• Shield the campus internet from mobility management traffic.
  • Provide seamless wireless mobile internetworking without requiring modifications to the networking software on mobile computers, non-mobile computers, or routers in the existing Internet.


With cables connections are only available at pre designated locations – with wireless they can connect anywhere. Inflexible and expensive – and restrict students to specific locations where they can study, research and learn.
A Simply Wireless Local Area Network is worth considering. A wireless lan can be implemented quickly and cost effectively on your campus. Whether you are interested in wirelessly enabling a school or an MBA college, Simply Wireless are the wireless networking professionals to chat about your ideas with. Simply Wireless has a wealth of experience in the Educational Market, and is currently working with some of the leading Universities, Post Primary Schools and MBA colleges.


There are several objectives associated with this project namely

Access everywhere: Laptops are portable, and internet access is becoming more so with wireless. A wireless network means the laptops are instantly connected when they walk into class, and even on their way to class.
Accelerate learning: We are all different, some students learn at faster and slower paces. Using networked laptops and a wireless network – teaching staff can create assignments so students can work at their own pace.
Flexible classroom layout: Want to shift desks around for a particular class. Do you need to add more students to the classroom network? With a wireless LAN from Simply Wireless there are no cables or data ports to to limit your flexibility. Moving computers becomes as easy as moving a trolley.
For science teachers: Now science lessons can take place anywhere. The lab is a locations that’s often very difficult to cable, with a wireless network, students can input data while experiments take place, and as they’re observing results.
Web based wireless learning is smart: Wireless makes it easier for students to work on their online assignments. They can access the school intranet from the library or cafeteria, being able to learn anywhere. In sum: You get the flexibility, portability and affordability you need, with the added assurance of Intel reliability and industry-leading expertise.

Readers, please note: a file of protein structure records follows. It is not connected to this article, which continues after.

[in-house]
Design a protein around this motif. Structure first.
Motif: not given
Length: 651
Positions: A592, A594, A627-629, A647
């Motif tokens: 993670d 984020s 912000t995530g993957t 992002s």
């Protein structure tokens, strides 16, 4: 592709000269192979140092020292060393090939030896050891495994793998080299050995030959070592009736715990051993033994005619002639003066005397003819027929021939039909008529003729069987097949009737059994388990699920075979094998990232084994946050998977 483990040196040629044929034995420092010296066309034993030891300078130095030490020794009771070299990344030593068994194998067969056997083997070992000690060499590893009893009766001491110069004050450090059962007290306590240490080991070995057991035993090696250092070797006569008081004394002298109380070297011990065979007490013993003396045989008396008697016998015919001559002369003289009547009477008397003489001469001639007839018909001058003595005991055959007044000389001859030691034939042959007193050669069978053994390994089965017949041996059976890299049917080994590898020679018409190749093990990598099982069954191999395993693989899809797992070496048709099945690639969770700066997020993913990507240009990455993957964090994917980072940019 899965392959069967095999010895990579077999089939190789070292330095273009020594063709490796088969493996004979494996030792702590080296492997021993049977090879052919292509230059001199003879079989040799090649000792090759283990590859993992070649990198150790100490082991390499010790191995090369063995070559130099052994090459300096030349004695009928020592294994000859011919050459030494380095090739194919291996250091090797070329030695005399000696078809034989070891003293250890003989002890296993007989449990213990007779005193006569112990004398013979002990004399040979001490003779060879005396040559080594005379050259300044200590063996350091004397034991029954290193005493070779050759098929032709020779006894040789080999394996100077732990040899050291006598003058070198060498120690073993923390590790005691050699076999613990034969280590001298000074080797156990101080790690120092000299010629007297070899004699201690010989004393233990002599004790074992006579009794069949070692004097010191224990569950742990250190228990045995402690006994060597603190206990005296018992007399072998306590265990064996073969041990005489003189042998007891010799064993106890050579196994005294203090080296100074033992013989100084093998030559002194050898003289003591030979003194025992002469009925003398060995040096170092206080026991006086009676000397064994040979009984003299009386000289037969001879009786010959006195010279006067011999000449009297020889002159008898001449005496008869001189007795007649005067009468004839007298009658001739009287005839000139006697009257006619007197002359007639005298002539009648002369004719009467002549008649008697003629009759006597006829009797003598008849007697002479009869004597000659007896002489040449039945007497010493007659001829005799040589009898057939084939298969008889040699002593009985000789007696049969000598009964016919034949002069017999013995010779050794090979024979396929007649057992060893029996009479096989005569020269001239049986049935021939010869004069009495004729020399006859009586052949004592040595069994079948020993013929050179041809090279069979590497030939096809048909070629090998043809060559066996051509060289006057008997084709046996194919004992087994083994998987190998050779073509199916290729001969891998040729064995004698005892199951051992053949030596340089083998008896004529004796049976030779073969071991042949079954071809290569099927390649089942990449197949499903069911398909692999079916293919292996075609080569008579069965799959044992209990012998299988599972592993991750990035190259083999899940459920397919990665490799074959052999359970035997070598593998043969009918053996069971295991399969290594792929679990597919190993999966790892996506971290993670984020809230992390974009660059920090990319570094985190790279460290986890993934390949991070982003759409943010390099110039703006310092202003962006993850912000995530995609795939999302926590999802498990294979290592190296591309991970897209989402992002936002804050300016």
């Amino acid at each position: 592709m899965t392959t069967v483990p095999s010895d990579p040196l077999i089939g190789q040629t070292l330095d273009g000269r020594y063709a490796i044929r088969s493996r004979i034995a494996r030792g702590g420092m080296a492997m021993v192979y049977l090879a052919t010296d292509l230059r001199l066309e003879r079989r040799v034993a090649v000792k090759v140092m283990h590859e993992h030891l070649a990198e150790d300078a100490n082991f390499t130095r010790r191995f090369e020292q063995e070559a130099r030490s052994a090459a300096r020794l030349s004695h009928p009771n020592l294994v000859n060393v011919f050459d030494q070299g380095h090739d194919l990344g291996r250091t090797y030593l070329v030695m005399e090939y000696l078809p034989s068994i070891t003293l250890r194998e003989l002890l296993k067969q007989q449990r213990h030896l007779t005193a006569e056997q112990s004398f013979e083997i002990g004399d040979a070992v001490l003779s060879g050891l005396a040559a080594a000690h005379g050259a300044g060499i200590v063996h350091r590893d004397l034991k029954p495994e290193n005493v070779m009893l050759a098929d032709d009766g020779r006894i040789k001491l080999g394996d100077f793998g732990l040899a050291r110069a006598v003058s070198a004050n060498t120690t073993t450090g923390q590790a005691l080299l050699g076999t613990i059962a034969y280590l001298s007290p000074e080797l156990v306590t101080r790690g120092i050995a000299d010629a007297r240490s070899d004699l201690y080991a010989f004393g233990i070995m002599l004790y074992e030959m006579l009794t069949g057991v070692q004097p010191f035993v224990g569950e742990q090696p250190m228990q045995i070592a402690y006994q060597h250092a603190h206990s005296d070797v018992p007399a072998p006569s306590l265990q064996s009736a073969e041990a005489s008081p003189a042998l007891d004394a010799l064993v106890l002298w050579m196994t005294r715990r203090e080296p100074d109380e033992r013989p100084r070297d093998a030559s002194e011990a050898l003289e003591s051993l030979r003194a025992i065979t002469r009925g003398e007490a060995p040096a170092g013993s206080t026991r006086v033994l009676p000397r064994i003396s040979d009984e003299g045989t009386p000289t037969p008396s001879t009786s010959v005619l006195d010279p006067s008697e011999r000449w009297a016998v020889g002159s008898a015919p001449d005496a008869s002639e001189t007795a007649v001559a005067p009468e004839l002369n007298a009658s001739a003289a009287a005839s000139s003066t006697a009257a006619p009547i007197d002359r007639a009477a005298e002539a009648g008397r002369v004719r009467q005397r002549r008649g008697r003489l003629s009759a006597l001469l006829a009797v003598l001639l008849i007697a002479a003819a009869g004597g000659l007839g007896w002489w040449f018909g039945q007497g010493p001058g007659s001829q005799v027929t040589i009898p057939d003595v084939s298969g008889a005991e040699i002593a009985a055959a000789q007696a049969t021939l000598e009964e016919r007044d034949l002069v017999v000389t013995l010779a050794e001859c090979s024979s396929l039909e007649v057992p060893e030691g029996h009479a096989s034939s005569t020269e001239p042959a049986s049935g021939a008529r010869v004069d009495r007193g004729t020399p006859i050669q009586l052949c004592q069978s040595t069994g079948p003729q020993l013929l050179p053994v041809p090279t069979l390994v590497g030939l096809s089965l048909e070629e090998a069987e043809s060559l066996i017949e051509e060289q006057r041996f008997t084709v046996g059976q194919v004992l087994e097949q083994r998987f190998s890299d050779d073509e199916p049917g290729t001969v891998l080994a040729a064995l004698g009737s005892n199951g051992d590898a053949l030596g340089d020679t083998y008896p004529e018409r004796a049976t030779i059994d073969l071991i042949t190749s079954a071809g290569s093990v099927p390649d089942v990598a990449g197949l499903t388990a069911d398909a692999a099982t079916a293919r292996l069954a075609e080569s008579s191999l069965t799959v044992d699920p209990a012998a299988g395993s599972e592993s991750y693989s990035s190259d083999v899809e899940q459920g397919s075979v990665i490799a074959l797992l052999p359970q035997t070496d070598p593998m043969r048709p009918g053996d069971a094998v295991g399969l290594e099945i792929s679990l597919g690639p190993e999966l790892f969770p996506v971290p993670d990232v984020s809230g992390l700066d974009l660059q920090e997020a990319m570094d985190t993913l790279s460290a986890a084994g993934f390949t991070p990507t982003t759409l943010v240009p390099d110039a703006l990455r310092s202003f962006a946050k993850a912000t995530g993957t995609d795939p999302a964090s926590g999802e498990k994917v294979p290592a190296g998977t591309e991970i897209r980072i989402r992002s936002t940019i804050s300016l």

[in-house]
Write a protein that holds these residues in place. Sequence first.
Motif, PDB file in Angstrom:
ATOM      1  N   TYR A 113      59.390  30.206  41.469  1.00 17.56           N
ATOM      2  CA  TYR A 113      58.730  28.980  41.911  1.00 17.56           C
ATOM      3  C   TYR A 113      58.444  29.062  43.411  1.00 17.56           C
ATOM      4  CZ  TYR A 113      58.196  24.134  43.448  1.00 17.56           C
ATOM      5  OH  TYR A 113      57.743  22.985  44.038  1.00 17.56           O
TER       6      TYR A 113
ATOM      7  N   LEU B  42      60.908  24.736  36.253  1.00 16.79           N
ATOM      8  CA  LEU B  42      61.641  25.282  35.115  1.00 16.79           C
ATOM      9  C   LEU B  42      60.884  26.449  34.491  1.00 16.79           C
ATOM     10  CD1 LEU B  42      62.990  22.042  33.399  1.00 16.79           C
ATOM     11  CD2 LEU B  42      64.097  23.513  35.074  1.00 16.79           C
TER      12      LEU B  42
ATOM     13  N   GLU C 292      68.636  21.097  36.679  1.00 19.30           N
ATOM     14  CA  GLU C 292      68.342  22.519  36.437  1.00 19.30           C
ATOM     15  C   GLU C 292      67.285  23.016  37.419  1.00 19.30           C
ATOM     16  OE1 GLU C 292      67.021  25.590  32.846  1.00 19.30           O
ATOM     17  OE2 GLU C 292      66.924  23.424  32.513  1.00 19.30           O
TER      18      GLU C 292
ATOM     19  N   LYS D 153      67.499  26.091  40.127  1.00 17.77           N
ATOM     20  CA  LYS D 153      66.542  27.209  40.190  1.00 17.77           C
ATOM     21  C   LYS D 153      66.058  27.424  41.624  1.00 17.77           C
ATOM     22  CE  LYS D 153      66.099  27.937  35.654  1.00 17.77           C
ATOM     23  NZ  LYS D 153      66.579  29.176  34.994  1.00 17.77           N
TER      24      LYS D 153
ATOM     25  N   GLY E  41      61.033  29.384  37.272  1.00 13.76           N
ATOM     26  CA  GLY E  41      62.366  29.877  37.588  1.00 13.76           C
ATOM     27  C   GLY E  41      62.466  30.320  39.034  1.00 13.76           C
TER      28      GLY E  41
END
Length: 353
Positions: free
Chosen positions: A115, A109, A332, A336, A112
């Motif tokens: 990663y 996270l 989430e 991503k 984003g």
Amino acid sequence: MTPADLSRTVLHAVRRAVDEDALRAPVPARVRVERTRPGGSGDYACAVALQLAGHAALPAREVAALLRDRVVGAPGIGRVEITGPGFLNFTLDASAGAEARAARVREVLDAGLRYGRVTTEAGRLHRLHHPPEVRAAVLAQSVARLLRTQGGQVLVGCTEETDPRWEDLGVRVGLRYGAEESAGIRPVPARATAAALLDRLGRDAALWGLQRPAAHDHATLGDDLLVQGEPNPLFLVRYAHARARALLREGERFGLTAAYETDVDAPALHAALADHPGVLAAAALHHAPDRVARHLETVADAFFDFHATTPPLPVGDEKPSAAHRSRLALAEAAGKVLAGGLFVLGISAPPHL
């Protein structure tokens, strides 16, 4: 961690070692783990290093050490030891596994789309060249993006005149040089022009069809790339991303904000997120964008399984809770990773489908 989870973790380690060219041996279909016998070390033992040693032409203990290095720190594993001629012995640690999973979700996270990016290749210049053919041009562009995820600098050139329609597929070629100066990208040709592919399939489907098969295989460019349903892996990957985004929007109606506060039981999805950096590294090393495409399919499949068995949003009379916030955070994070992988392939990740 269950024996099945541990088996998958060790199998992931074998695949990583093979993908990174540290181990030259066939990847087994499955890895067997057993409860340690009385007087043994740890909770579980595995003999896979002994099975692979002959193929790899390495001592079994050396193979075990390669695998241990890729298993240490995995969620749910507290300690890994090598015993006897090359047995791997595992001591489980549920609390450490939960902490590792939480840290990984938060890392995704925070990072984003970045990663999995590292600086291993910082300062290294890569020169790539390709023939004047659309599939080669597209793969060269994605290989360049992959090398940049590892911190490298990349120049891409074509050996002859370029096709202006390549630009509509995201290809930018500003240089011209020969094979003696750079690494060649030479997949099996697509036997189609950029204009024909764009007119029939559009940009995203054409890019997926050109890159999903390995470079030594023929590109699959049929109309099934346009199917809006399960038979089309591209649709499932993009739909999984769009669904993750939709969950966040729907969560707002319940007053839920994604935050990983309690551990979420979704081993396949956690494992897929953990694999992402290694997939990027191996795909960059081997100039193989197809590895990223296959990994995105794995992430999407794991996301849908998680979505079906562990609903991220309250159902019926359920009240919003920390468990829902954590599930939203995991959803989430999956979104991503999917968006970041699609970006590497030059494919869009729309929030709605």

Computers on wheels: If you don’t have the funding to put a computer in every classroom – wireless is an easy way to maximize your technology investment. You can simply wheel your pool of computers into different classrooms as they are needed. Computers will be used by students more, and rotated hourly if needed. Students can use the pool of computers, access the school network, and work on assignments all from the library, or any wirelessly enabled location. Wireless technology enables computers to roam seamlessly throughout the school – even to portable classrooms or the playground.

More Students, less capital expenditure on IT: Your assignment; get your campus wired to the World Wide Web and other educational resources, but do it within a limited budget. Can you satisfy community expectations, while adhering to your budget? The solution is a Simply Wireless LAN. It’s modular construction allows simple network additions as needed.

1.3      Significance of study

In Universities, there is no need to stand in line for a library PC. Students doing research can record their notes, interact with the Internet, and even access the library printer on their own wirelessly enabled laptops. Computers and computer networks are commonplace in education. More and more Educational facilities are taking advantage of the benefits of wireless networks. Compared to traditional cable, wireless offers a robust, secure, scalable and economical means to connect teaching staff and students to the information they need in their day to day lives. The principal advantages of a campus wireless network are:

  • Increased flexibility
    Students and teaching staff can connect wherever they need access rather than in designated computer laboratories.
  • Scalable
    your wireless network can grow as you need. Install an access point in the hallway and several classrooms are connected to the WLAN instantly. No cable to lay, need to predetermine where and how many data ports to install.
  • Dollars and Sense
    A cheaper and less intrusive solution that cable.

1.4      Scope of study